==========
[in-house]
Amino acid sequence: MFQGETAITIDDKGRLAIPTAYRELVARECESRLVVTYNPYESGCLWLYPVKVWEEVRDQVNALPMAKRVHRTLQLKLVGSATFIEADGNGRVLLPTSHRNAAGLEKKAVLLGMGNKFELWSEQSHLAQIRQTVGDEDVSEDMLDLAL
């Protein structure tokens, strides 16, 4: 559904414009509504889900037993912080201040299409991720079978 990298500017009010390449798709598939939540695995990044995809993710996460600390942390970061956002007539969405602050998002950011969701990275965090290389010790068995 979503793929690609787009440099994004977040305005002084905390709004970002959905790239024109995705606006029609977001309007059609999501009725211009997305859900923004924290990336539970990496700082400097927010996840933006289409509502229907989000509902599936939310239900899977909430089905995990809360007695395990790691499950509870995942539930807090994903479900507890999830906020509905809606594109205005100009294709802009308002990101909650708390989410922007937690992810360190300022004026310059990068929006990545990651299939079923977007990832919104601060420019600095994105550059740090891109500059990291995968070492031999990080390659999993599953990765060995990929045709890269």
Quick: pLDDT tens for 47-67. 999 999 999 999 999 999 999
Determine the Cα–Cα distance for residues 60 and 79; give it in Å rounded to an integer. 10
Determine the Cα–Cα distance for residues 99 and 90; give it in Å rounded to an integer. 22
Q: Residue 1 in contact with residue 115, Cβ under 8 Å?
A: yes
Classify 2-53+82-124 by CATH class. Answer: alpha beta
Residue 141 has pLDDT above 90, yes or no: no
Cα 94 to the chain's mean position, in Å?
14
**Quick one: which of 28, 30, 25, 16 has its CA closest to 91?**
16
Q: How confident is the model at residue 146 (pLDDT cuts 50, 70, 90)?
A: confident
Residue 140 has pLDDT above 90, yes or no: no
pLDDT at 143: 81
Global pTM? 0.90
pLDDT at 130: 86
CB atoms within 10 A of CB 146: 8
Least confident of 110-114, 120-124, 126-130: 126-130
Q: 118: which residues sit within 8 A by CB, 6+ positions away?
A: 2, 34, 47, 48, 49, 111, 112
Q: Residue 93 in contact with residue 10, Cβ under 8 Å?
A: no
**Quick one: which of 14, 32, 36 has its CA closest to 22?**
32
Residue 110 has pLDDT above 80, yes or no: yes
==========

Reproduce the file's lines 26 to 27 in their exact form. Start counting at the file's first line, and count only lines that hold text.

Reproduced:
A: no
**Quick one: which of 14, 32, 36 has its CA closest to 22?**